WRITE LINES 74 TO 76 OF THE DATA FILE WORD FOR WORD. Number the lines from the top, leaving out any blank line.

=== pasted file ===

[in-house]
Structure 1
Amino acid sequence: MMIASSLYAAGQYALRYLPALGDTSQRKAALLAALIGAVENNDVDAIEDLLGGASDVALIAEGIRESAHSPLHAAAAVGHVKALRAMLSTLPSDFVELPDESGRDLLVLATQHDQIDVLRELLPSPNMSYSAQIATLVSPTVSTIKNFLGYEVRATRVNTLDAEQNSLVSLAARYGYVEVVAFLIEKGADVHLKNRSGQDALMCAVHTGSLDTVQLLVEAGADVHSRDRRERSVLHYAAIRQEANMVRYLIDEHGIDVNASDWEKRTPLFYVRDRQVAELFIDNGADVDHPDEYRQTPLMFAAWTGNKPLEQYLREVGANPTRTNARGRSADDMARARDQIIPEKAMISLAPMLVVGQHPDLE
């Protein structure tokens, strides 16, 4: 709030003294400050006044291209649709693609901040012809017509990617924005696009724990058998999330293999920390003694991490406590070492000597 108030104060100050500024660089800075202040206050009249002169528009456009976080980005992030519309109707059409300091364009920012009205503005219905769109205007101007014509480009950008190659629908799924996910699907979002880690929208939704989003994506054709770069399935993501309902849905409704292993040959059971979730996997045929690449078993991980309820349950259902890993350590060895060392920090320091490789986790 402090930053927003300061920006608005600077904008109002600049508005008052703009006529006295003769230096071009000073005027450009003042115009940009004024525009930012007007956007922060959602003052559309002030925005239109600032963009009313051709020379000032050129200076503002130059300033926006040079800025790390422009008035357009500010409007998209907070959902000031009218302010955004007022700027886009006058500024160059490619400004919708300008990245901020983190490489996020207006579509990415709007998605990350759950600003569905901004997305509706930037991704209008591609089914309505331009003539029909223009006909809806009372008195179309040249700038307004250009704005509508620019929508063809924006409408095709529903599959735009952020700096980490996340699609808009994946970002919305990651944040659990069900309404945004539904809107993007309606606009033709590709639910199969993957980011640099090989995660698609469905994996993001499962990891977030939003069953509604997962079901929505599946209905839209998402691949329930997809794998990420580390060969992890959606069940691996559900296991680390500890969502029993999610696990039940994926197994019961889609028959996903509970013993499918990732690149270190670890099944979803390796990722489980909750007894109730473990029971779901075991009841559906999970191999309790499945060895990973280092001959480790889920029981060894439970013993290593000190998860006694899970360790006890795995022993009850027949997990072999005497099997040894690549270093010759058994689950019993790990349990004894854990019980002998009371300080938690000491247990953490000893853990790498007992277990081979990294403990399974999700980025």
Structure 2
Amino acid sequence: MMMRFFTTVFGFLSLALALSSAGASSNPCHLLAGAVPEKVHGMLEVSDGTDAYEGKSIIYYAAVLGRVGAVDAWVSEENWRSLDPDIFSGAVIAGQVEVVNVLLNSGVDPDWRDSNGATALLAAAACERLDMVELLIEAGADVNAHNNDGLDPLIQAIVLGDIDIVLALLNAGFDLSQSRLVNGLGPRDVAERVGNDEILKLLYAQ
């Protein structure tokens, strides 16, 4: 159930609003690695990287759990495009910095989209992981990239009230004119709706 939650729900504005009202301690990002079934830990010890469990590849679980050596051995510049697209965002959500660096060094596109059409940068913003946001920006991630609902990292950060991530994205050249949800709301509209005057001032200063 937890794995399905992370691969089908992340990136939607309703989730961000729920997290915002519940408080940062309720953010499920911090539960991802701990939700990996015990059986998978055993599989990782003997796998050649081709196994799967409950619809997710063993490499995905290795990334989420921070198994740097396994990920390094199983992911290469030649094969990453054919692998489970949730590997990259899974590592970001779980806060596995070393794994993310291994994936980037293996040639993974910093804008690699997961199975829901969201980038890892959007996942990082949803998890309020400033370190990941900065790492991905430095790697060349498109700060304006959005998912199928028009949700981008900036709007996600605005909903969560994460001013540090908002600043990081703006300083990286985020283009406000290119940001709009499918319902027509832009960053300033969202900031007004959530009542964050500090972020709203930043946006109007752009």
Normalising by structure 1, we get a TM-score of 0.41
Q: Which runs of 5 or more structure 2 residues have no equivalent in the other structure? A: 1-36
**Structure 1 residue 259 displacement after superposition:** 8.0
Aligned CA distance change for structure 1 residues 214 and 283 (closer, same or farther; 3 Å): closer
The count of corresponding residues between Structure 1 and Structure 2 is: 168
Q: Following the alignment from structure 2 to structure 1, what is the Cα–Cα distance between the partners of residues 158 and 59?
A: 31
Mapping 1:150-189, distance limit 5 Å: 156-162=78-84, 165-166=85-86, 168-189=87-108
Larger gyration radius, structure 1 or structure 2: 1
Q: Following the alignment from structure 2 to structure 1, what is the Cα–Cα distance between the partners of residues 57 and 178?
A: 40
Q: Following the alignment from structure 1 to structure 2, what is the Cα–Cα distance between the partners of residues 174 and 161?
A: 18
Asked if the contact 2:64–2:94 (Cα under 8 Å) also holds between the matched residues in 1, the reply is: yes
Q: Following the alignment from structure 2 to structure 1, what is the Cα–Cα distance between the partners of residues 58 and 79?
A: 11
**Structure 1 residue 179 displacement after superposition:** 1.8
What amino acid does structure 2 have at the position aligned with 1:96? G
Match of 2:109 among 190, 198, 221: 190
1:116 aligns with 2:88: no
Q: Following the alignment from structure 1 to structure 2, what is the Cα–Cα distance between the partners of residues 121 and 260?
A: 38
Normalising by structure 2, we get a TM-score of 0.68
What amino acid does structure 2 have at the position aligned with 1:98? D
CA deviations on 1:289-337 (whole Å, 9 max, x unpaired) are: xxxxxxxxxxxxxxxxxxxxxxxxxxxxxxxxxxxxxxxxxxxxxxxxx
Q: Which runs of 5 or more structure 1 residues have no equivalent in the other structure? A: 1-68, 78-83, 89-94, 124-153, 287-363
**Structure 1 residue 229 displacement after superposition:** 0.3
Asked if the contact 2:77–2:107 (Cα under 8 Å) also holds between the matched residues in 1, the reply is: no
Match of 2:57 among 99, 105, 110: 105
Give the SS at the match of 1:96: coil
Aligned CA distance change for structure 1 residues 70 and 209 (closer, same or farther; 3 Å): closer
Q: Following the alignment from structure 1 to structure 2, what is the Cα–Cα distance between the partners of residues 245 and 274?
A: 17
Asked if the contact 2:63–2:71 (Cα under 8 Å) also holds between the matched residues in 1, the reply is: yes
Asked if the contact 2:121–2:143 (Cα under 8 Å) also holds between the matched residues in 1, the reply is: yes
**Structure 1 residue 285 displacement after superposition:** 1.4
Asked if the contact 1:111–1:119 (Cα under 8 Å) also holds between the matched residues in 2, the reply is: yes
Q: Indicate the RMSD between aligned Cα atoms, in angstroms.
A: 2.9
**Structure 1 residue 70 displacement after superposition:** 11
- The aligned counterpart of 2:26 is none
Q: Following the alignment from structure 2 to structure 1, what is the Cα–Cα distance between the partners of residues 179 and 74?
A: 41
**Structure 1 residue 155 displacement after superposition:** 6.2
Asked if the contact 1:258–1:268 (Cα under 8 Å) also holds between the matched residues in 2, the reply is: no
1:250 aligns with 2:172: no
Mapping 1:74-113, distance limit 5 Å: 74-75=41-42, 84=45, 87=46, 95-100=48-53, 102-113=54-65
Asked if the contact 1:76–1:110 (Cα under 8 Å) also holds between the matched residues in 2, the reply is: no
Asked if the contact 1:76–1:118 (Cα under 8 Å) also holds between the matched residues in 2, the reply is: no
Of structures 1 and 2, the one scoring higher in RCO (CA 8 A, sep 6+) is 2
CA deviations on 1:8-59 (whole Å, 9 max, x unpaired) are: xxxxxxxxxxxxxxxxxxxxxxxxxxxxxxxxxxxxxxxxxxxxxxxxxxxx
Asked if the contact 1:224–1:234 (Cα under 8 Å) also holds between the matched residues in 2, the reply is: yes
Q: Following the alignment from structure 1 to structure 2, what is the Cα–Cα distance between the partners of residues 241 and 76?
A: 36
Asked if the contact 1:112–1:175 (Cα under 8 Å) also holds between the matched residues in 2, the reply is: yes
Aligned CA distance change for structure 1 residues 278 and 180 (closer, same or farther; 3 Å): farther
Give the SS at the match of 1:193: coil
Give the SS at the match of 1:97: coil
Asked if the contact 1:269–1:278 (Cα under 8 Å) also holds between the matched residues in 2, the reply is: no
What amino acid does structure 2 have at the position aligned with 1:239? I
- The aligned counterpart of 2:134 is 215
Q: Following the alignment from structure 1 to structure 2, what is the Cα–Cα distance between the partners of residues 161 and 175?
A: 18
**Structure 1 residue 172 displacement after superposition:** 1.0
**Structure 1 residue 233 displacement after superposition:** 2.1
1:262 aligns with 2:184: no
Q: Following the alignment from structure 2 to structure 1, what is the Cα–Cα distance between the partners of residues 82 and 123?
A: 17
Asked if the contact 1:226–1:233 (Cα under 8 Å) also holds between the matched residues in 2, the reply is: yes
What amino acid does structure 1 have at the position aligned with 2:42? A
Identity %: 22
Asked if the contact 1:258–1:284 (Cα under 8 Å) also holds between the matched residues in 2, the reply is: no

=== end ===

Q: Following the alignment from structure 2 to structure 1, what is the Cα–Cα distance between the partners of residues 82 and 123?
A: 17
Asked if the contact 1:226–1:233 (Cα under 8 Å) also holds between the matched residues in 2, the reply is: yes